For many, then the problem is not whether to implement a B2C-esque e-commerce system, but how. Taddonio says, “Today, the [important] people are in the room. Their eyes are wide open. They know these things are important know, but they haven’t been paying attention to it, so they don’t know how to craft these strategies for their business.”

Fortunately, she has a few tips for manufacturers or distributors who are confused about how to approach this dilemma.

The first, and perhaps most important, is to get everyone onboard — this isn’t just a mission for the IT department. It is a “technology-oriented” project, as Taddonio says, but one that impacts the entire organization. If the C-level people aren’t engaged, and aren’t willing to push their employees in the implementation, it won’t succeed. And if the salespeople aren’t aware of what’s happening, and aren’t actively bringing on clients old and new, they’re going to cause a lot of confusion and frustration.

Once everyone is onboard, the next question is strategizing the implementation, and determining how strongly the company will push for it. Taddonio says many people see an e-commerce system as a “mountain to climb,” being so large it would take years to roll out. Instead, it’s best to adopt an approach that can get an offering out in six to nine months, which is what Insite does for their own clients. And the truth is that in Taddonio’s experience, once the site is implemented, the “lightbulbs” start going off, and the company can start to craft even better improvements down the road. The key, however, is getting an offering up in the first place.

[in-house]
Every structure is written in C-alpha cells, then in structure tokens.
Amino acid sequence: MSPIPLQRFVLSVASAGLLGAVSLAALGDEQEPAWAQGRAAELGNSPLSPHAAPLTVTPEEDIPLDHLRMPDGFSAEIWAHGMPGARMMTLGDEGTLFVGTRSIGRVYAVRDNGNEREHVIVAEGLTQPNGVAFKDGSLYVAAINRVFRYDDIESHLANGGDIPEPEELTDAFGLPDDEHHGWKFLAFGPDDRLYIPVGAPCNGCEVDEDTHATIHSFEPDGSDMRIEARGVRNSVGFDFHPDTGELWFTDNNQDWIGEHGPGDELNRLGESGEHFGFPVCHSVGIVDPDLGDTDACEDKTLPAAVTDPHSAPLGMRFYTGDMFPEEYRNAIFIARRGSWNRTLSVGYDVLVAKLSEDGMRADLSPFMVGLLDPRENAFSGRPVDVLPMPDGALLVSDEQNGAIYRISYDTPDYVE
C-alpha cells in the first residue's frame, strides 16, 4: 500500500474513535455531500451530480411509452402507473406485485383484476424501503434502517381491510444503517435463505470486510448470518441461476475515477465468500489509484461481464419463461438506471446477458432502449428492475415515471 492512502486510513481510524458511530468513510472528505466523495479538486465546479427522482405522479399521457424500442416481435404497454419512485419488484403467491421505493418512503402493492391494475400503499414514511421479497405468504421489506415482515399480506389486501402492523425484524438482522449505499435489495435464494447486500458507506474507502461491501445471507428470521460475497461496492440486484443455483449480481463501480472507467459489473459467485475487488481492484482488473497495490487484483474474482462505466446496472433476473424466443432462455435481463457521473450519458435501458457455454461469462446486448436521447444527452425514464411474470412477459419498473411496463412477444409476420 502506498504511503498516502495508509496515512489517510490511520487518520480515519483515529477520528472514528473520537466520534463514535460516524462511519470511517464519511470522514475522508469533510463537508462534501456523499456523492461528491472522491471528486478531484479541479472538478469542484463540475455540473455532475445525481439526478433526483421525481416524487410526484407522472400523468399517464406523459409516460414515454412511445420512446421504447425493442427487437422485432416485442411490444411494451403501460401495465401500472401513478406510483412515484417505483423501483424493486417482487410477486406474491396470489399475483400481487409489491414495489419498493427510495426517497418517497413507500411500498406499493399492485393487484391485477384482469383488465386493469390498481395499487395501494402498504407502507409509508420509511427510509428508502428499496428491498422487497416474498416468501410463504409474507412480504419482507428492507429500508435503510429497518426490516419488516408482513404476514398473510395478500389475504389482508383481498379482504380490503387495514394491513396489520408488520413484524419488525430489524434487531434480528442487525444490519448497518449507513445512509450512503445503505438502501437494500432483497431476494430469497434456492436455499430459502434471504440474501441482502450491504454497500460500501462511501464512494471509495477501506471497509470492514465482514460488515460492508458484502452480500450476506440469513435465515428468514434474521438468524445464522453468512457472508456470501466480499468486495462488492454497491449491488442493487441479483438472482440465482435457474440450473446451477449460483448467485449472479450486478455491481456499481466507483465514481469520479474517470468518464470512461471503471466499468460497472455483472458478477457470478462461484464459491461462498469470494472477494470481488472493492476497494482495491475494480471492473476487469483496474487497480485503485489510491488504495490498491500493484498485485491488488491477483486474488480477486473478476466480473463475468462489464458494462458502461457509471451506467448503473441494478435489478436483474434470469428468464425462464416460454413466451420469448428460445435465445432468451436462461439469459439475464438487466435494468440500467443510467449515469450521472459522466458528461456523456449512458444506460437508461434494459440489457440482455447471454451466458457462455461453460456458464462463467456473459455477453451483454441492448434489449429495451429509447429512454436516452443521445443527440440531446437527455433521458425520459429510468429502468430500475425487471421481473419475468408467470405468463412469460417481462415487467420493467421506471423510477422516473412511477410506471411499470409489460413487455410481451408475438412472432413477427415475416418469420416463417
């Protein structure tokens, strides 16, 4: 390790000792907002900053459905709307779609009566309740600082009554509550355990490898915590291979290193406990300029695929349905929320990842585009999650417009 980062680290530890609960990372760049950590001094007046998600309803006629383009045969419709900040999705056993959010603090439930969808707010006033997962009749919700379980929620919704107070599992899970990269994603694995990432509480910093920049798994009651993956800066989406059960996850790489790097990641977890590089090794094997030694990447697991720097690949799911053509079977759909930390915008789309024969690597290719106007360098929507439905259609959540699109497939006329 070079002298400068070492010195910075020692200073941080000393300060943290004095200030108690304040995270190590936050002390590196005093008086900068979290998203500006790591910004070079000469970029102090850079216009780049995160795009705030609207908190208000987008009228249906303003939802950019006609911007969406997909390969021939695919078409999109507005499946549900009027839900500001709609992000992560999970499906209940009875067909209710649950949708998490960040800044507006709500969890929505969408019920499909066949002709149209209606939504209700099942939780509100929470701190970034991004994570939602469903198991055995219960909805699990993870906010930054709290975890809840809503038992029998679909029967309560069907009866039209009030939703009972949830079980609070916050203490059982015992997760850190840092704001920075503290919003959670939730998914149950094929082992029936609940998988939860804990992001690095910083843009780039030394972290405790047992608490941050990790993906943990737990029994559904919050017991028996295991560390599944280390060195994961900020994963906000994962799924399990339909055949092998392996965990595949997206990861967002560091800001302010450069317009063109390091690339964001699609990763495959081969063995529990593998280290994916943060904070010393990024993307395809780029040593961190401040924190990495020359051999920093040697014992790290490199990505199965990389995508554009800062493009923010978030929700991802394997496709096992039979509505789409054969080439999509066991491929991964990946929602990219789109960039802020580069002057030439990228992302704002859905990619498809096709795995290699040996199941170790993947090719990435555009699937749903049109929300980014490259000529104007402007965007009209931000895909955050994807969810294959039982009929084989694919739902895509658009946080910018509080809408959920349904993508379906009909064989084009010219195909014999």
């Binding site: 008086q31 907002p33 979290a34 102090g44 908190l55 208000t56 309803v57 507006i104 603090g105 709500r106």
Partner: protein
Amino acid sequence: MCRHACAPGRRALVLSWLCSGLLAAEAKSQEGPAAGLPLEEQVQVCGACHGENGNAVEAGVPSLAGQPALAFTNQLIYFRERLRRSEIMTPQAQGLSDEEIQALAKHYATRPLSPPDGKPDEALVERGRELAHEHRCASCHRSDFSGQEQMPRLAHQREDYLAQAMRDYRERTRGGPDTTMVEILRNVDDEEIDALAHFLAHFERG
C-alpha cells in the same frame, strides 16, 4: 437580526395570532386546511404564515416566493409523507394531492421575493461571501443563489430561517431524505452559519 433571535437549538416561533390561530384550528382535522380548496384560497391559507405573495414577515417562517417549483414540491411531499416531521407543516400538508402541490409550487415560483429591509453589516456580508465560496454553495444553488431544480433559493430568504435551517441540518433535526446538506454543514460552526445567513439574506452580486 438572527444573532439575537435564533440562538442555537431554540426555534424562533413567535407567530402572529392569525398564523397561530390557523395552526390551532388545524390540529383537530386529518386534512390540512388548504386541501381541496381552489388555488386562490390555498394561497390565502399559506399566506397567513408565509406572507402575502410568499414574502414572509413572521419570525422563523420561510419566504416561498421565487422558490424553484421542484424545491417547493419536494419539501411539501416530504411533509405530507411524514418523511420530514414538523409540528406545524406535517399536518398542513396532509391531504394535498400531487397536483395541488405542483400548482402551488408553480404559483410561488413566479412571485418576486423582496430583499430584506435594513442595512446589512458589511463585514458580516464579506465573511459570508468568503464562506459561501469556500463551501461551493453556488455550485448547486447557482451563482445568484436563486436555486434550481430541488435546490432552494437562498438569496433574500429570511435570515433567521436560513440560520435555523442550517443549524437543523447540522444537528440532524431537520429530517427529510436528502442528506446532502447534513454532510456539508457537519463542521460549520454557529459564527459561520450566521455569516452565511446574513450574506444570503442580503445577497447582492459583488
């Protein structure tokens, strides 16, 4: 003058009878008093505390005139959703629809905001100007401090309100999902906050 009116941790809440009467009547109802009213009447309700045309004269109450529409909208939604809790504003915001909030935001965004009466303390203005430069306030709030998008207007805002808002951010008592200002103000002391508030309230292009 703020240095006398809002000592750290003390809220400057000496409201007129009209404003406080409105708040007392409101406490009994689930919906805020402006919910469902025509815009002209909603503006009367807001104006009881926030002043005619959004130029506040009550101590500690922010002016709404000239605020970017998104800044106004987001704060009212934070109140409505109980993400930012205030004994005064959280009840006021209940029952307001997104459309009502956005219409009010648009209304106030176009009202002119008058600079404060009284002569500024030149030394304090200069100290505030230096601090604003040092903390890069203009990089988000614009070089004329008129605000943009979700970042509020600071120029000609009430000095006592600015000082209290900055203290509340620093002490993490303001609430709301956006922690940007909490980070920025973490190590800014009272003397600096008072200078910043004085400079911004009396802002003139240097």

Finally, as with most investments, there is the calculating an ROI or a percentage of clients on-boarded to the new system. Taddonio says in her experience, even the C-level people — those who should be pushing hardest for a high adoption rate — are timid, at best, about what kind of success they might achieve.  She says, “Most of the time, I have the leaders of an organization when we get into this conversation, and they look at me and they are honestly stumped. They ask, ‘What’s reasonable? What should we expect?’”

She says to forget about single-digit adoption rates — “Why would you set that so low?” — and set a serious goal of 20 to 30 percent of orders coming in online over a 12-18 month period. Plus, she says, “A high percentage of the time, when clients onboard one of their customers, and they listen to a buyer, they find out something competitively that they didn’t know. An incredible value.”

This leads in directly to the ROI picture. By crafting a company-wide initiative to move to e-commerce, companies could save far more than they might expect. Taddonio recommends a rough-but-revealing calculation, by taking the costs of the number of people in customer service or sales — essentially, all the money spent to get an order — and divide that by the number of orders the company takes in. That’s a rough estimate of the cost-per-order. And then she asks: “What if you displace 20 percent of that?”

Clearly, the ROI picture is there. Really, the whole business case is there. In many situations, it’s just a matter of getting into the right mindset, and then creating ambitious-but-realistic goals for the roll-out. And, as Taddonio says, make it into a company-wide initiative which involves IT, marketing, sales and leadership. That shouldn’t be an intimidating prospect — it should be seen as an opportunity for the company to tackle the Internet-hungry business world while preparing itself for the road ahead, all while achieving a return.

Amazon’s consumers, and many manufacturing fulfillment people, want everything, easily and yesterday. Why shouldn’t a manufacturer demand the same for itself?